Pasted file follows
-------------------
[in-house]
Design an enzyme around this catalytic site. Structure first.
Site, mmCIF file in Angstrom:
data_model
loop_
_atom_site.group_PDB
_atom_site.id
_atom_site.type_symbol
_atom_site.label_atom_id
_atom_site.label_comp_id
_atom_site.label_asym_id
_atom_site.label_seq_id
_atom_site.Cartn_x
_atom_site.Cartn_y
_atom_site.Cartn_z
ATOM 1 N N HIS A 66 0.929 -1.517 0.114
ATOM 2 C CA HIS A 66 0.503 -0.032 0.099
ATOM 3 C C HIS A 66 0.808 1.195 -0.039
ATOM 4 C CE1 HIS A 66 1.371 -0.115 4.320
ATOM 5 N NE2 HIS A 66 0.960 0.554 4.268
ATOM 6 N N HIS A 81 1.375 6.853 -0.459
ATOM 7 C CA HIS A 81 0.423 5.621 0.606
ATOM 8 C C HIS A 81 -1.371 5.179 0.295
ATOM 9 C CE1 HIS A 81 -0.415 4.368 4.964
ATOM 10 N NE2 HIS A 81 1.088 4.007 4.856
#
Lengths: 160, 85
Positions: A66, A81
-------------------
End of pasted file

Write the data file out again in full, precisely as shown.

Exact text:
[in-house]
Design an enzyme around this catalytic site. Structure first.
Site, mmCIF file in Angstrom:
data_model
loop_
_atom_site.group_PDB
_atom_site.id
_atom_site.type_symbol
_atom_site.label_atom_id
_atom_site.label_comp_id
_atom_site.label_asym_id
_atom_site.label_seq_id
_atom_site.Cartn_x
_atom_site.Cartn_y
_atom_site.Cartn_z
ATOM 1 N N HIS A 66 0.929 -1.517 0.114
ATOM 2 C CA HIS A 66 0.503 -0.032 0.099
ATOM 3 C C HIS A 66 0.808 1.195 -0.039
ATOM 4 C CE1 HIS A 66 1.371 -0.115 4.320
ATOM 5 N NE2 HIS A 66 0.960 0.554 4.268
ATOM 6 N N HIS A 81 1.375 6.853 -0.459
ATOM 7 C CA HIS A 81 0.423 5.621 0.606
ATOM 8 C C HIS A 81 -1.371 5.179 0.295
ATOM 9 C CE1 HIS A 81 -0.415 4.368 4.964
ATOM 10 N NE2 HIS A 81 1.088 4.007 4.856
#
Lengths: 160, 85
Positions: A66, A81